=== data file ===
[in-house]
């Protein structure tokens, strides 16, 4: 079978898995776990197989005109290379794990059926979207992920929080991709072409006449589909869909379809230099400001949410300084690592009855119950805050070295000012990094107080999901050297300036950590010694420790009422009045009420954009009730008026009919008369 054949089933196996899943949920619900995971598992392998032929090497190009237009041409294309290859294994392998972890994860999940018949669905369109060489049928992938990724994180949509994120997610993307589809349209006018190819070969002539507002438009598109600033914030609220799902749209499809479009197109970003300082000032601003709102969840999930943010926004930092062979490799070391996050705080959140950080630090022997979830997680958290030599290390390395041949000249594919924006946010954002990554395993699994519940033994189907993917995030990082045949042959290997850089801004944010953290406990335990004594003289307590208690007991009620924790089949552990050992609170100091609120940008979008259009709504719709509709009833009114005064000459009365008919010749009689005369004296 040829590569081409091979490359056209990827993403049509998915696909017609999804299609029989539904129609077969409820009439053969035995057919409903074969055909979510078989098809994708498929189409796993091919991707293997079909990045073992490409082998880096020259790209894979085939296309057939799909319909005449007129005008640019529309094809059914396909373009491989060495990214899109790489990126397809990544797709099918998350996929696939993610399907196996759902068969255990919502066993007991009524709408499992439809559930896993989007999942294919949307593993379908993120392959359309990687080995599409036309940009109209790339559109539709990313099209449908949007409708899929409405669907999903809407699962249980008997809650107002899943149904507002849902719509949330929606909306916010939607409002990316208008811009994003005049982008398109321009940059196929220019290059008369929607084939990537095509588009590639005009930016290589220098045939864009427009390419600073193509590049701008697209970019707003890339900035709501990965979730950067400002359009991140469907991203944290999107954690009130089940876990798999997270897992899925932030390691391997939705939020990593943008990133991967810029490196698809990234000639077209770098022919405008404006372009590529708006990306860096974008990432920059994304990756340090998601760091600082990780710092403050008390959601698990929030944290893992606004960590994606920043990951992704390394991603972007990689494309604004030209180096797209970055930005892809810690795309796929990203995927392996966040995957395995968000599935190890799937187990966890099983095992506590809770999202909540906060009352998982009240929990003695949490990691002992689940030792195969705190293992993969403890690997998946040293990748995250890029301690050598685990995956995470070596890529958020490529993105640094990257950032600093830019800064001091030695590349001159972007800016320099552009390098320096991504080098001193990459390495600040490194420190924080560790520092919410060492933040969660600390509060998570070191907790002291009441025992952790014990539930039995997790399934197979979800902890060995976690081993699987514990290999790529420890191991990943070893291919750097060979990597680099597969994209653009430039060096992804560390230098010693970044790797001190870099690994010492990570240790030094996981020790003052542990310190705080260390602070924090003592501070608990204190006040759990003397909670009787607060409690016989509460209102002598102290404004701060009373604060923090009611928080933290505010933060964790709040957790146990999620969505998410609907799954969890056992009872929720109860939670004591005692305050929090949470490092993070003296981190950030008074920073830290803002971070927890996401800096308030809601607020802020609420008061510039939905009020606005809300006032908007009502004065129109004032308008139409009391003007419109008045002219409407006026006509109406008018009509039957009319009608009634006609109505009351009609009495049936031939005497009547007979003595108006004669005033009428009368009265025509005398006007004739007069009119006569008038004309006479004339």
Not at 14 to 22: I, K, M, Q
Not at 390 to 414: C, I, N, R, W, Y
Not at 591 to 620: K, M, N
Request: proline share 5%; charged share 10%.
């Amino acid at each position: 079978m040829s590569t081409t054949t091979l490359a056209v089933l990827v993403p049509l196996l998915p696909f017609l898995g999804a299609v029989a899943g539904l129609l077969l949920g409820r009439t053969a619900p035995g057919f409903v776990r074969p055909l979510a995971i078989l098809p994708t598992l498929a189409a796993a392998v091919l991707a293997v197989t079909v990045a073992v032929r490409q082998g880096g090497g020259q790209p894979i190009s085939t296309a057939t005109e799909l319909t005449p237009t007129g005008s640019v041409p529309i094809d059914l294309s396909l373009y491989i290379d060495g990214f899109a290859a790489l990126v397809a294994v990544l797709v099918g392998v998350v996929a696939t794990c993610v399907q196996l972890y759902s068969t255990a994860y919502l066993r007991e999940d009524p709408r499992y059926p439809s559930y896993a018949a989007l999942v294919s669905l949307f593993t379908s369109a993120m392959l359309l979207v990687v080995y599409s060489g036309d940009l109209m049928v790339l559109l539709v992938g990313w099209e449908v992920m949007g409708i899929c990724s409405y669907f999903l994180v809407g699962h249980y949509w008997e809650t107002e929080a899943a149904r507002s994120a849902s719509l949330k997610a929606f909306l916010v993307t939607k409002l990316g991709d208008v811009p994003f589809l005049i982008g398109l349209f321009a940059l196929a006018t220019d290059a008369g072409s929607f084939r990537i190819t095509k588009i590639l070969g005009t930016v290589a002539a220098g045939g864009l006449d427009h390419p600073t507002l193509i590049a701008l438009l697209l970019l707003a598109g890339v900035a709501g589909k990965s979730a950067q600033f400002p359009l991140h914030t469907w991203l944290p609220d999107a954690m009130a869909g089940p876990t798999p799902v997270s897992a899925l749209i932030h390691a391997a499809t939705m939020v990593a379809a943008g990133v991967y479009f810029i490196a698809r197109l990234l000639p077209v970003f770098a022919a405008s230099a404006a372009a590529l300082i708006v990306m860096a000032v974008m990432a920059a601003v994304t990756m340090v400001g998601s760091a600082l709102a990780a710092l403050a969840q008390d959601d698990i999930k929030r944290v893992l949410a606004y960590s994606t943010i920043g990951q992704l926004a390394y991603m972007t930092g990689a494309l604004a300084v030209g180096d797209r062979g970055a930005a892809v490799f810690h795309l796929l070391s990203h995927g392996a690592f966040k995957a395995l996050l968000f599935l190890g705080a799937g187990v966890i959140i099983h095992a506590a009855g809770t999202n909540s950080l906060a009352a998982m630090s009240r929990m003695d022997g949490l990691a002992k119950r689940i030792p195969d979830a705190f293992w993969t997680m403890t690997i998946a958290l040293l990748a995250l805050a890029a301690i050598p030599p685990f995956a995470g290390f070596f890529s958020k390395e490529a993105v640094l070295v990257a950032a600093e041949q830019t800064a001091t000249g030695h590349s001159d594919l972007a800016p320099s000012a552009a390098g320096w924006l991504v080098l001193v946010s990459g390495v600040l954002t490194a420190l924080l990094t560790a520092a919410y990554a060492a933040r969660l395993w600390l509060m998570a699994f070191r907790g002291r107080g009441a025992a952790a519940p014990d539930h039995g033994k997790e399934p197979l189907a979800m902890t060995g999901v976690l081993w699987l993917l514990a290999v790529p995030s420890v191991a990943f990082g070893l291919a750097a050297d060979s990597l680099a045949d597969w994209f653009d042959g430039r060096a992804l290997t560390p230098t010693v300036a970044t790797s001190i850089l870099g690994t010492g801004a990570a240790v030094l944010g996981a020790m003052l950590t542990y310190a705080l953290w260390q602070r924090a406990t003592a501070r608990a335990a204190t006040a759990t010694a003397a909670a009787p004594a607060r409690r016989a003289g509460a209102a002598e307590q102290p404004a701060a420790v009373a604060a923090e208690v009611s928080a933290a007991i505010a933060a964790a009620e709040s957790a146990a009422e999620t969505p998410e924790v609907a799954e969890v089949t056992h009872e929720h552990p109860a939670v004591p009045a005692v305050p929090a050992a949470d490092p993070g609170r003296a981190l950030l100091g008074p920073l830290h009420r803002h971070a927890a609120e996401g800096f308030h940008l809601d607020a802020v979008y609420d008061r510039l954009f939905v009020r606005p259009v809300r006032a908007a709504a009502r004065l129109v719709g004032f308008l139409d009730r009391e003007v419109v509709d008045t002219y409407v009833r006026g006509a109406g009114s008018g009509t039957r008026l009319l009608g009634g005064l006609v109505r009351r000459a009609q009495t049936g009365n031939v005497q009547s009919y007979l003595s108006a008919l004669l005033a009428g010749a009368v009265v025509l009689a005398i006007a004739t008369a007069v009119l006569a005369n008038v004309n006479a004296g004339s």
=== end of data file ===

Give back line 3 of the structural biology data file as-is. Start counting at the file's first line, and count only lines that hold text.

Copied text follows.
Not at 14 to 22: I, K, M, Q